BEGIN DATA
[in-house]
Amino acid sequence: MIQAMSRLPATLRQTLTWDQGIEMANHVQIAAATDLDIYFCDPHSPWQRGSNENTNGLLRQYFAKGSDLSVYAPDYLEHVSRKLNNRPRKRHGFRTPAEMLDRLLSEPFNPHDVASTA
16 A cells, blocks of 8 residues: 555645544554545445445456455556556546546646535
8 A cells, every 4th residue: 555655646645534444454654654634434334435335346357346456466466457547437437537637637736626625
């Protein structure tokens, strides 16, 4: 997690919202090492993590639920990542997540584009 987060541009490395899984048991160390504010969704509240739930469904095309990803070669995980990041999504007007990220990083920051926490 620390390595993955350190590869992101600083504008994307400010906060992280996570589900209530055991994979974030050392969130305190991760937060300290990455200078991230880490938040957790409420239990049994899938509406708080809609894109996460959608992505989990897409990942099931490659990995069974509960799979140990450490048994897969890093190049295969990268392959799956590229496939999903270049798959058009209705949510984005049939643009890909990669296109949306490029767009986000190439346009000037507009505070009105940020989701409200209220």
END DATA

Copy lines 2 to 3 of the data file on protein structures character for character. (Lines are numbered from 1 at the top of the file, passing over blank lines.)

Amino acid sequence: MIQAMSRLPATLRQTLTWDQGIEMANHVQIAAATDLDIYFCDPHSPWQRGSNENTNGLLRQYFAKGSDLSVYAPDYLEHVSRKLNNRPRKRHGFRTPAEMLDRLLSEPFNPHDVASTA
16 A cells, blocks of 8 residues: 555645544554545445445456455556556546546646535